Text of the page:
Saturday, June 13, 2009
I keep a list of subjects someday I want to write about, including Why I Love Dollar Stores. That one would be three sentences long. Far lengthier, though, would be my rumination on friendship. What is it, really? The catalyst there is my dear friend A., and the fact that in no sensible universe would we have ever become friends. Me, the suburban Ohio girl who went to what they call "good schools," who dined at holiday time in velvet frocks at a table dressed with Georg Jensen silver. Him, the Italian-Irish punk from the Bronx streets, who served time in Vietnam, jail, and detox of various sorts. Our lives intersected, however improbably, in the park in Brooklyn, and the means of our linkage was the dog community. Then we found out that deep inside we are essentially the same person.
First, we saw that we would do anything for our dogs. Then we saw that we would do anything for each other.
Thus is the insider/outsider structure of deep bonding built. From the outside, to many people, our attitude looked at worst like insanity. At best like something inexplicable. So we learned not to try to explain it. This drew us even closer together. Motorcycles divide the world even more starkly than devotion to dogs.
In a former life, I traveled on two continents befriended and cared for beyond even what my family might do by people with whom I shared only a common love for a marque, Moto Guzzi. And my door was always open to them, too, strangers who could never truly be strange to me. Unknown people were invited to share whatever I could give, and I had absolute confidence they were "all right." It is really not conceivable that someone with criminal intent would arrive on a Guzzi.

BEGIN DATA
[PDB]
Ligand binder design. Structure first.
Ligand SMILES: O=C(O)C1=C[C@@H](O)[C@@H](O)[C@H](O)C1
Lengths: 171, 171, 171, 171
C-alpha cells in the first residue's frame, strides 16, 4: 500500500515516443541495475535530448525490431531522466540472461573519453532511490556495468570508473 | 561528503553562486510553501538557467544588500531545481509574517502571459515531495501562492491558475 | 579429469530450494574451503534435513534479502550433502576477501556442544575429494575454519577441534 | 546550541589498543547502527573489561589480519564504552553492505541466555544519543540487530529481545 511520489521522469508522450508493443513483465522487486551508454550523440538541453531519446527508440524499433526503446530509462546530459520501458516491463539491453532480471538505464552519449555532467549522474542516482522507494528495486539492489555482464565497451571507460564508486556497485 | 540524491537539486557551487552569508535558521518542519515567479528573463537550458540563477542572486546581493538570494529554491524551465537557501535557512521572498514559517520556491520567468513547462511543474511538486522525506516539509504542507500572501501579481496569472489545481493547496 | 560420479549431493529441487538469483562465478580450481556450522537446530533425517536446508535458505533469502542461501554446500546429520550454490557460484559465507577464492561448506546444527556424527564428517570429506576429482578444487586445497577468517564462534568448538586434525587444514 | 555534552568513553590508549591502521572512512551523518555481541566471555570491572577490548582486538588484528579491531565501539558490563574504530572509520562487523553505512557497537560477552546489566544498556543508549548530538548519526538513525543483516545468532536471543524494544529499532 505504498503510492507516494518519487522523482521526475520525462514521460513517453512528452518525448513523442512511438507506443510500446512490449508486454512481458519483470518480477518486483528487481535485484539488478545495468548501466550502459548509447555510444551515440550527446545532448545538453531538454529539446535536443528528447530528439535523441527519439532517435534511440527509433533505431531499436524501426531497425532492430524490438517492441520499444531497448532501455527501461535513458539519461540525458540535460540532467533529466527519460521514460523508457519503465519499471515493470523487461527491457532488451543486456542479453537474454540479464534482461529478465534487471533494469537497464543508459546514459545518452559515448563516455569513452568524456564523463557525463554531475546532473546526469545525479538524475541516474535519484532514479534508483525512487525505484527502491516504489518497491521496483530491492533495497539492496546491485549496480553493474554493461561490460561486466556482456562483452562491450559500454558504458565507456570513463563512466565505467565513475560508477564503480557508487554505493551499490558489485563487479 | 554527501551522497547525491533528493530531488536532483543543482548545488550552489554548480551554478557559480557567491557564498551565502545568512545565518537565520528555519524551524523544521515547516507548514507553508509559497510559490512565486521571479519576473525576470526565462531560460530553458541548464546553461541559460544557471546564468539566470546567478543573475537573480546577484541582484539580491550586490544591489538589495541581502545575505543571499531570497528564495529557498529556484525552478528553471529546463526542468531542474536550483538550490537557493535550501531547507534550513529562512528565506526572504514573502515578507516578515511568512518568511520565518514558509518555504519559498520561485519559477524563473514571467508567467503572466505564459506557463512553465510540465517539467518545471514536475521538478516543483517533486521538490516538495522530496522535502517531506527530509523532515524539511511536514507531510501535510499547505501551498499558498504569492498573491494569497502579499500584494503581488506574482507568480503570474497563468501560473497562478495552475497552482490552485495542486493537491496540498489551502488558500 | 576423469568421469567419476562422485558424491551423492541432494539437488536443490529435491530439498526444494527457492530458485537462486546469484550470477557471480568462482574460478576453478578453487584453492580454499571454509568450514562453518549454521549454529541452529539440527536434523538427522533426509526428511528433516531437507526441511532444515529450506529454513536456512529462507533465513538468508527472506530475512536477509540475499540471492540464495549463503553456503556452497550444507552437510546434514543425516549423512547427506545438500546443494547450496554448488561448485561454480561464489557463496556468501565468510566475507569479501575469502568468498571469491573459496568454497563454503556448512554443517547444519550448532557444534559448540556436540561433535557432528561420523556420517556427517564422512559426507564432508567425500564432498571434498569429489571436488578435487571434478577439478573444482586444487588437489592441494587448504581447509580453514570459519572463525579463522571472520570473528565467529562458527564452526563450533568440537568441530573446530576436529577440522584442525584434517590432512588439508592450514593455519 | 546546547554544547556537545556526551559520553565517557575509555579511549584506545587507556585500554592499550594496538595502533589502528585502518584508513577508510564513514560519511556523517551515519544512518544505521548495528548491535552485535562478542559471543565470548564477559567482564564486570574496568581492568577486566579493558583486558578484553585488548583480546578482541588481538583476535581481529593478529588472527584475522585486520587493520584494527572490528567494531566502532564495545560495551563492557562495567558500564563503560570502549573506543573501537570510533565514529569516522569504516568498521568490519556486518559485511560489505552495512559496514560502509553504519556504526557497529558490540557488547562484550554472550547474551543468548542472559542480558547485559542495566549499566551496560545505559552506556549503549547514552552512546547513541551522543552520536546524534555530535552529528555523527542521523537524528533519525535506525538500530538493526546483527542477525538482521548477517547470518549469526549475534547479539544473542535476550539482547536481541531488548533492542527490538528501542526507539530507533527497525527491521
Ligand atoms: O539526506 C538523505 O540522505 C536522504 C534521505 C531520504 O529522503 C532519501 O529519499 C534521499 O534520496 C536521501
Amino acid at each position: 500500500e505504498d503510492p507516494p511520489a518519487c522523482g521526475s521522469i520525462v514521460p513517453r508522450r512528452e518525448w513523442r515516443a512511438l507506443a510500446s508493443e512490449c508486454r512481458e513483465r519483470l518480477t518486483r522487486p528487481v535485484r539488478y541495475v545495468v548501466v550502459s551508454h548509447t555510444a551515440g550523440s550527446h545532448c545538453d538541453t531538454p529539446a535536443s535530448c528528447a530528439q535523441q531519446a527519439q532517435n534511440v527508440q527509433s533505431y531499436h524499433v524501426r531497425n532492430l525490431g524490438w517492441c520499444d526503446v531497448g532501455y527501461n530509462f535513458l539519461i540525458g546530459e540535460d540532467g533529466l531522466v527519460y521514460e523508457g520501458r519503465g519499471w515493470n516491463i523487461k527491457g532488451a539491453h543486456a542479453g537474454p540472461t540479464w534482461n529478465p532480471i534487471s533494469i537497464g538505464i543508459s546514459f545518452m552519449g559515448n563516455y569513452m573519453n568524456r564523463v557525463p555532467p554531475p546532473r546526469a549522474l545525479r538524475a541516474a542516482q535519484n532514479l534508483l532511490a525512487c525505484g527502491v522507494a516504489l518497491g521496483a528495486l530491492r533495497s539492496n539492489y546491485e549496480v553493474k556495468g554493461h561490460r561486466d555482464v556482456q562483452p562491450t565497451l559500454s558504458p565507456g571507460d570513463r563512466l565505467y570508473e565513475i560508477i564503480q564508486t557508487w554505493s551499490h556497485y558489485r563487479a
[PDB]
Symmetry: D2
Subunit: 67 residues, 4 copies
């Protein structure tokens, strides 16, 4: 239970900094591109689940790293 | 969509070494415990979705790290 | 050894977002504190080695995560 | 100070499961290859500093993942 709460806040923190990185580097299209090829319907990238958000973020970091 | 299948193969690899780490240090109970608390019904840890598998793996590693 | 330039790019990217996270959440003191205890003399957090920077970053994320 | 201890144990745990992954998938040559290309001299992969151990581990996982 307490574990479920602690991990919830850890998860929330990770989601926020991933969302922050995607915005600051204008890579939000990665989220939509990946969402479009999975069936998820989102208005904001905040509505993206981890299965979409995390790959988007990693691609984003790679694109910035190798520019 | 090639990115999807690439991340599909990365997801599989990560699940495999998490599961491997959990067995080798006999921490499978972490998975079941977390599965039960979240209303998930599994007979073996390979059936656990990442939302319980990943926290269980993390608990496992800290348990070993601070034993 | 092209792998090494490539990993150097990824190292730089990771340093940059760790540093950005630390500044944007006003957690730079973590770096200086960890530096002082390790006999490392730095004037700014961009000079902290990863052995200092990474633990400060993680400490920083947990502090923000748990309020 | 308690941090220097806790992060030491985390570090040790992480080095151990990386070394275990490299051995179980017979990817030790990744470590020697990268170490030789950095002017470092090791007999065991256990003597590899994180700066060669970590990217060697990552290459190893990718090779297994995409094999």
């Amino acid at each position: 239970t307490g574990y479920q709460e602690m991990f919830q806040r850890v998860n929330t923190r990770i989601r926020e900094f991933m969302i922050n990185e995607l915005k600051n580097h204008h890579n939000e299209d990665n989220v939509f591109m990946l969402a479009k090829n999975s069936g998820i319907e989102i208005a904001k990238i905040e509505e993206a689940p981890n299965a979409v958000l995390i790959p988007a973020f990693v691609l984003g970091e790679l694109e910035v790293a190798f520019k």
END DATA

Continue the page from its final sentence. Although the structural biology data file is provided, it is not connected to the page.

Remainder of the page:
Now I am embraced again by a brotherhood of altruists, motorcyclists who are bound together by something that is deep in our human natures, and that requires only the glue of commonality to flower forth. These are my villagers now. Their generosity is sometimes breathtaking. And I think I have found at least part of the answer why, in a new book by Rebecca Solnit, A Paradise Built in Hell, which is an exploration of the utopian communities that spring up in the aftermath of disasters, from earthquakes to fires to man-made devastation. Time and again, people come together under duress in acts of mutual aid that represent the finest that our evolution as social animals has bred us for. We need one another, and for these moments, we become the gift and the giver both. This is friendship. This is my life now.